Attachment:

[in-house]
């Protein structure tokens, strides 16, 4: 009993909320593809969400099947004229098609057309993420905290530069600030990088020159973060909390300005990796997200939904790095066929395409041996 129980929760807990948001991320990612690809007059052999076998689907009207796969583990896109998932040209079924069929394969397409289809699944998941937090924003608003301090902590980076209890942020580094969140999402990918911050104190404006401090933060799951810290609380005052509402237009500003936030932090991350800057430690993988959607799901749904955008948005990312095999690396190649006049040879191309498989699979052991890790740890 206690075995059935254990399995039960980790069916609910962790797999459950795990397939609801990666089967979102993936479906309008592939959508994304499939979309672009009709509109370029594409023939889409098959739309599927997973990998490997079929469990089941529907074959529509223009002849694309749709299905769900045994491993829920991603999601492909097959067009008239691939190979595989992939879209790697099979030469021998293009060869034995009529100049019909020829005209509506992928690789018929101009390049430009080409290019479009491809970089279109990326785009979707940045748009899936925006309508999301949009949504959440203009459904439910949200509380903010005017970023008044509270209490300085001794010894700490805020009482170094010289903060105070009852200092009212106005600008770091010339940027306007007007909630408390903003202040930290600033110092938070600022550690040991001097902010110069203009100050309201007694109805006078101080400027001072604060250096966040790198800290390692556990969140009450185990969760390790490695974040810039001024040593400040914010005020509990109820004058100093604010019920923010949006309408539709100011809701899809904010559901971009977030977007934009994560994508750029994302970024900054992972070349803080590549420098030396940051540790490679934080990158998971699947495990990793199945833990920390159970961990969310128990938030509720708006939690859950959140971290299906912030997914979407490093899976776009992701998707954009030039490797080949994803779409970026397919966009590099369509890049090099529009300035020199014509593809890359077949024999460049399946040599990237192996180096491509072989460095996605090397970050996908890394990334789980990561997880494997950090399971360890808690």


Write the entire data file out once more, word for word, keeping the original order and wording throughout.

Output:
[in-house]
């Protein structure tokens, strides 16, 4: 009993909320593809969400099947004229098609057309993420905290530069600030990088020159973060909390300005990796997200939904790095066929395409041996 129980929760807990948001991320990612690809007059052999076998689907009207796969583990896109998932040209079924069929394969397409289809699944998941937090924003608003301090902590980076209890942020580094969140999402990918911050104190404006401090933060799951810290609380005052509402237009500003936030932090991350800057430690993988959607799901749904955008948005990312095999690396190649006049040879191309498989699979052991890790740890 206690075995059935254990399995039960980790069916609910962790797999459950795990397939609801990666089967979102993936479906309008592939959508994304499939979309672009009709509109370029594409023939889409098959739309599927997973990998490997079929469990089941529907074959529509223009002849694309749709299905769900045994491993829920991603999601492909097959067009008239691939190979595989992939879209790697099979030469021998293009060869034995009529100049019909020829005209509506992928690789018929101009390049430009080409290019479009491809970089279109990326785009979707940045748009899936925006309508999301949009949504959440203009459904439910949200509380903010005017970023008044509270209490300085001794010894700490805020009482170094010289903060105070009852200092009212106005600008770091010339940027306007007007909630408390903003202040930290600033110092938070600022550690040991001097902010110069203009100050309201007694109805006078101080400027001072604060250096966040790198800290390692556990969140009450185990969760390790490695974040810039001024040593400040914010005020509990109820004058100093604010019920923010949006309408539709100011809701899809904010559901971009977030977007934009994560994508750029994302970024900054992972070349803080590549420098030396940051540790490679934080990158998971699947495990990793199945833990920390159970961990969310128990938030509720708006939690859950959140971290299906912030997914979407490093899976776009992701998707954009030039490797080949994803779409970026397919966009590099369509890049090099529009300035020199014509593809890359077949024999460049399946040599990237192996180096491509072989460095996605090397970050996908890394990334789980990561997880494997950090399971360890808690």